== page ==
Wilcox's is probably one of the best generations starship stories I've read so far—it was thoroughly enjoyable and quite humorous. The protagonist and narrator, Dr. Gregory Grimstone, is the sole user of a cryogenic "refrigerator" aboard the S. S. Flashaway, a generation starship created for the colonisation of a distant star system. Grimstone, a young history professor, is meant to wake up every hundred years of the 600 year journey in order to ensure the mission is still on track; he is the "Keeper of the Traditions," who will ensure that American culture survives through to colonisation. But, predictably, things don't go entirely according to plan: after 100 years the population is growing too quickly, and after 200 the ship is far above its maximum capacity. After resolving a drastic situation in which 200 of the ship's elite have been attempting to starve the other 600 people to death, Grimstone enforces drastic measures of forced sterilisation, which 100 years later result in a population of a mere 50 people. Things continue to go awry as feuds between the more powerful families lead to bloody conflicts.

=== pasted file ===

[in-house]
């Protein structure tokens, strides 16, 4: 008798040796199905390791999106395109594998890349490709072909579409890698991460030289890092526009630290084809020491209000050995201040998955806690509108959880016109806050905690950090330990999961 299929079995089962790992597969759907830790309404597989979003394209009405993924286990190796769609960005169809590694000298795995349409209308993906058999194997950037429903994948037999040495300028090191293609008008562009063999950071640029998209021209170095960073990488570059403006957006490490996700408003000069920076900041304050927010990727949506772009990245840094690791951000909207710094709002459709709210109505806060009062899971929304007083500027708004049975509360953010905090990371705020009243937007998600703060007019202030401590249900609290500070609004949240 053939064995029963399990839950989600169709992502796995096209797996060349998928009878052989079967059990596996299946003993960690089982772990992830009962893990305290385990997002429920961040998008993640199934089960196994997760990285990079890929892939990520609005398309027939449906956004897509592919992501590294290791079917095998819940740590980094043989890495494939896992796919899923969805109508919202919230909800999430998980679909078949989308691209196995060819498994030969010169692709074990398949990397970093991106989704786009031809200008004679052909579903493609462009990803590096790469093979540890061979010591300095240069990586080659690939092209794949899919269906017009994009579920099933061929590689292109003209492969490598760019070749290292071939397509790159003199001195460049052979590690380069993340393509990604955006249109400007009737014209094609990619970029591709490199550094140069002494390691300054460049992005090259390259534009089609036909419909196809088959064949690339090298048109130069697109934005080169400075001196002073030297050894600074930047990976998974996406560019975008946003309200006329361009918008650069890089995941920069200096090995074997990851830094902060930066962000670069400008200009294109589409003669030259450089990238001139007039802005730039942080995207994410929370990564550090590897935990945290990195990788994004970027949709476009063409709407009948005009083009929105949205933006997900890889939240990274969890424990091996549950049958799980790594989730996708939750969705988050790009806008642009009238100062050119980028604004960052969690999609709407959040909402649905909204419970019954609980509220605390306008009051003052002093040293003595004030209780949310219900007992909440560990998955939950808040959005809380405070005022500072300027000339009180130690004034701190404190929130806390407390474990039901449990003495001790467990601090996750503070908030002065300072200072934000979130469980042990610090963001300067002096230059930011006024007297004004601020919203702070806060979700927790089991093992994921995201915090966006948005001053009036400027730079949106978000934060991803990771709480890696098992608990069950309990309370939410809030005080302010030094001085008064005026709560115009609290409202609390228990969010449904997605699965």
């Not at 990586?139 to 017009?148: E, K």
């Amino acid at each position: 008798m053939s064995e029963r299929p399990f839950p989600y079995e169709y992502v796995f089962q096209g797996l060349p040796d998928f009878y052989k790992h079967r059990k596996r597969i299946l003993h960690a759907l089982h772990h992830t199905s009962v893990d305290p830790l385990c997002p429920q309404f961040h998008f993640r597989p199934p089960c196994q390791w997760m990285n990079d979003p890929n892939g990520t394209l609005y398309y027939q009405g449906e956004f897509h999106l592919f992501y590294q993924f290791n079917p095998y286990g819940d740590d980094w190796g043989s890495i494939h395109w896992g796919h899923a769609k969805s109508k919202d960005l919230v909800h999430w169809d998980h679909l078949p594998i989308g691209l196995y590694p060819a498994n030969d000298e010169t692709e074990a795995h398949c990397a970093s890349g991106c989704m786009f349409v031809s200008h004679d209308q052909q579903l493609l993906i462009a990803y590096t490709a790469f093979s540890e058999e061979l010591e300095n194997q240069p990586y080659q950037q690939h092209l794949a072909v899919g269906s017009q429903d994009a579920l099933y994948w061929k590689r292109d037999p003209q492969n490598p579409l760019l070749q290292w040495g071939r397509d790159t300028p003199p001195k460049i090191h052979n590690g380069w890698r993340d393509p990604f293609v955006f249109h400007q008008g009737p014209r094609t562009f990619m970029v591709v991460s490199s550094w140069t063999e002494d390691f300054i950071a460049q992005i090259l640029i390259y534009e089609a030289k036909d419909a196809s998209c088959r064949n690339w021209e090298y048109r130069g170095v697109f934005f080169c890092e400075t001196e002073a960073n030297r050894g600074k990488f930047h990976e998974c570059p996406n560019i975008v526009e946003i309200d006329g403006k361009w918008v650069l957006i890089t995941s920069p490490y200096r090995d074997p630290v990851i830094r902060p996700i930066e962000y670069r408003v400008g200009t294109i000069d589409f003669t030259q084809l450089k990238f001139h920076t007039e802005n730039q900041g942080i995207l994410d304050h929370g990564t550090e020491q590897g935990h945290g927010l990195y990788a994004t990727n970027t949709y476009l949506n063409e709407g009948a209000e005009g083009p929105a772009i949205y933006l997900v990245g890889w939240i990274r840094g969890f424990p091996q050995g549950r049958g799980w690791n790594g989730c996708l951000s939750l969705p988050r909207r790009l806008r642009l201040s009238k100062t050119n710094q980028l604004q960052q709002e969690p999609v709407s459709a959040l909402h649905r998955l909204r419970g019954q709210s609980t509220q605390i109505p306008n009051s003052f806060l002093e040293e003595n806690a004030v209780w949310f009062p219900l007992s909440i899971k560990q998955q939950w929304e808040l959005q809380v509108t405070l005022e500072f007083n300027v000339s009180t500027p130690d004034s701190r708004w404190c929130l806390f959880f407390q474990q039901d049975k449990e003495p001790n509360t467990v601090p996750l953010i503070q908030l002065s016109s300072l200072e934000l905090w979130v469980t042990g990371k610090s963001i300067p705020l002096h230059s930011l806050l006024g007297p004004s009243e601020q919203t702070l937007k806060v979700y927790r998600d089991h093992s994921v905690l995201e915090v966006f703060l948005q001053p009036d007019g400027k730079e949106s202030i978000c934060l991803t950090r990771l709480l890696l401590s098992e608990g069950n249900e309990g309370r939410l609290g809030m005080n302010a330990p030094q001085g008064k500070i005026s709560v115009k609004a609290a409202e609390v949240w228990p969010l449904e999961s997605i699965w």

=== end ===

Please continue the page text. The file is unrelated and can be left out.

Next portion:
Throughout the story, Wilcox explores ideas of the loss of cultural history that become common to future generation starship stories The people of the Flashaway begin to think of guns as magical weapons, having only seen them in movies, and when Grimstone is forced to use one to suppress an uprising, 100 years later stories are told about him as a terrifying bogeyman, responsible for the uprising he tried to prevent: